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Audience members from the 18 June meeting

“Plan école” and UK Referendum: the French in London share their fears

By Manon Variol

On Saturday 18 June, the French living in London gathered at the Ecole Internationale Franco-Anglaise to discuss the “plan école” and their concerns about a possible Brexit. The senators representing the French living abroad, Olivier Cadic and Joëlle Garriaud-Maylam, as well as UFE (Union des Français de l’Etranger) members, were present to listen to people and answer their questions.

Information meeting about the “plan école”

With about 350,000 French living today in the UK, more and more French and bilingual schools have had to be opened to ensure that French children can follow a French school curriculum. The “plan école” has been created to ensure that every child can ultimately have access to a French school. The initial objective of this movement is that all the statistics about French pupils in London should be submitted to a central database to facilitate planning. For years, the UFE has been asking for new classes to be opened or new schools to be created to allow 2,000 new pupils to enter the French school system in London. Thanks to the creation of the Collège Français Bilingue de Londres (CFBL) and the Lycée international Winston Churchill, this goal has now been reached.

Sophie Routier, Olivier Cadic, Carole Rodgers and Patricia Connell during the meeting
Sophie Routier, Olivier Cadic, Carole Rodgers
and Patricia Connell during the UFE meeting

The Senator Olivier Cadic, UFE President Carole Rogers and the Consular Adviser Sophie Routier met French parents to keep them informed about the current situation and listen to other issues that might be addressed. Even if many pupils now have their place in a French school, parents face other problems. Joëlle Garriaud-Maylam, also Senator for French living abroad, was in the audience.

The place pupils are sent to when they finish primary school was the main issue raised during the meeting. Some French families have had to move house because their children have been sent to the Winston Churchill school. Pupils are being asked to travel up to one and a half hours every morning to get to school. Some primary schools also suffer from this situation, as people tend not to register their children in classes too far from the French lycées.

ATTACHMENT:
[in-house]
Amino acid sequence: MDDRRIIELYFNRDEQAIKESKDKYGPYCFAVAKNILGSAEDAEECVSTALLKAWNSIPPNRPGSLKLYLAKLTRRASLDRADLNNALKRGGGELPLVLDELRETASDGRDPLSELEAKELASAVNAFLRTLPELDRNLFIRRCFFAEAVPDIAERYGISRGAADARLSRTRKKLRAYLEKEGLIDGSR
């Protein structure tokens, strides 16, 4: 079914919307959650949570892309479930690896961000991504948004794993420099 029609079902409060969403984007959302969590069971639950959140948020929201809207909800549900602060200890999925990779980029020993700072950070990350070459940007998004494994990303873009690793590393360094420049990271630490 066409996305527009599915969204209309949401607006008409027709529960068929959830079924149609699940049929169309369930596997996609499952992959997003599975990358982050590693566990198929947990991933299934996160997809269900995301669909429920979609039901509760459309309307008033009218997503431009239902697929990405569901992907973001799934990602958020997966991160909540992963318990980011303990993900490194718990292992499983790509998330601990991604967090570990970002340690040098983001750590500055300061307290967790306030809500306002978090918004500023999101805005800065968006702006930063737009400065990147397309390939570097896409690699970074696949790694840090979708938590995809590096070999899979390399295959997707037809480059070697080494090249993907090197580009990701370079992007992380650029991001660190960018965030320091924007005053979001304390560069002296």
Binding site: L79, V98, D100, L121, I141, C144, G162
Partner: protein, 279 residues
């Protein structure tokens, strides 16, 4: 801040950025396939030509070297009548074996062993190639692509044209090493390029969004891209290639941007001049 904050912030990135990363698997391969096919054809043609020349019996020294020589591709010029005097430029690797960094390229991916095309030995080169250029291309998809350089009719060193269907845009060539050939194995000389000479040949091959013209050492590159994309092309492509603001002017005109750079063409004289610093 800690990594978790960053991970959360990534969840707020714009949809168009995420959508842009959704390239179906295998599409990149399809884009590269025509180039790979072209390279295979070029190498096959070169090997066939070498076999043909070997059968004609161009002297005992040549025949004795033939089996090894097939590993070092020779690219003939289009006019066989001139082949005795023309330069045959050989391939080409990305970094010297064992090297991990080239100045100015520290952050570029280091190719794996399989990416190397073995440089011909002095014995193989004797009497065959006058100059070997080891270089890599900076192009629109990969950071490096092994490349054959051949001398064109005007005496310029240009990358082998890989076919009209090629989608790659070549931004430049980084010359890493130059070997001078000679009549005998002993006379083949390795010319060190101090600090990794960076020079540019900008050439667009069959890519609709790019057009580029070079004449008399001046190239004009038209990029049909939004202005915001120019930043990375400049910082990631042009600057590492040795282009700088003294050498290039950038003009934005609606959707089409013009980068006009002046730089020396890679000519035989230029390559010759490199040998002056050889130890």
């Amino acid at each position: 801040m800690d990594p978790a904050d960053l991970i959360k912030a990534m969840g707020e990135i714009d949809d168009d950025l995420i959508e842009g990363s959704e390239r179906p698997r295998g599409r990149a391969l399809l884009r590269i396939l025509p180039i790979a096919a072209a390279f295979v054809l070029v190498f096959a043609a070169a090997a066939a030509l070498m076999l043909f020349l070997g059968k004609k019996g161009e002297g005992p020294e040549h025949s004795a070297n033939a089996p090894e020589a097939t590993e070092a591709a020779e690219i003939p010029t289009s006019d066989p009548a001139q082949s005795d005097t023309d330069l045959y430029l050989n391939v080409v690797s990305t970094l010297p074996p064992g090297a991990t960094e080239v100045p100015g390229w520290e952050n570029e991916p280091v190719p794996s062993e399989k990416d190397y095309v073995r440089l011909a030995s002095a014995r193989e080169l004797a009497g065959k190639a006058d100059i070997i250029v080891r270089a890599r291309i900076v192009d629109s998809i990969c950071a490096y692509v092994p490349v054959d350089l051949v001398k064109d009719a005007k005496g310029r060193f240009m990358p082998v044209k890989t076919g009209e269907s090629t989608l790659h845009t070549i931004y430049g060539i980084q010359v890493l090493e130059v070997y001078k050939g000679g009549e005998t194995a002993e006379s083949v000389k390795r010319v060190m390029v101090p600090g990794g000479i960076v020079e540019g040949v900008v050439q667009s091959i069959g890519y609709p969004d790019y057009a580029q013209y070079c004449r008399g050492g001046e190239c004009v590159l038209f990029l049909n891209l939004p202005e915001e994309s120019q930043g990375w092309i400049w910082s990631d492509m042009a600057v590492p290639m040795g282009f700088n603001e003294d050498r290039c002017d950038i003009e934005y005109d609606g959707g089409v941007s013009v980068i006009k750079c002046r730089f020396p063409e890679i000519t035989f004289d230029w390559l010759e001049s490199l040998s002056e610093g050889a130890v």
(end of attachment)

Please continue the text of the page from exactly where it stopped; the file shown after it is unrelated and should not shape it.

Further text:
Some parents do not understand how the administrative commission decides to allocate their children to one school or another. Pupils who should go to the Lycée Français Charles de Gaulle are told to go to Winston Churchill instead. In response, the UFE has been requesting that parents and elected officials attend the Commission meetings as observers. The aim is to make sure children are allocated to a place that corresponds to their schooling requirements and geographic area. This request has been refused for the last two years.

Sharing concerns about the EU referendum

Patricia Connell, elected representative of the French living abroad, then spoke about the EU referendum and a potential Brexit. Most of the French people living in the UK, if not all of them, are concerned about such a possibility. 

Most of the audience members have lived in London for more than 5 years
Most of the audience members have lived in London
for more than 5 years

The audience members shared their recent experience. One woman had been insulted in the street for being French while others had been asked how long they had been in the UK. Since the referendum debate has been going on, British citizens in favour of Brexit seem to be showing more and more distrust and dislike of foreigners.

What should the French in the UK do if the UK leaves the EU? Would they be asked to leave the country? Should they apply for British citizenship? Many issues were raised as people feel increasingly worried about the implications of a possible Brexit.

Most of the people attending the meeting had lived in London for five years or longer and so did not see themselves going back to France after all this time. Applying for British citizenship is a long and expensive process (£1236). Applicants have to prove that they have lived in the country for more than six months a year and then also take a knowledge test which is said to be quite difficult. They are also have to prove that they have lived for a minimum of 5 years in the UK. 

This is what Patricia Connell highlighted: people can ask for a Certificate of Residence as soon as they move to the UK. This should make the difference between them and other expats coming after the 23 June EU referendum.

The consequences of a Brexit are still unknown, as negotiations have not started between the British government and the European Union. But even if they could be negative for the French community in the UK, it is important to say that changes will take years rather than months. So do not panic, there will be solutions other than going back to France.


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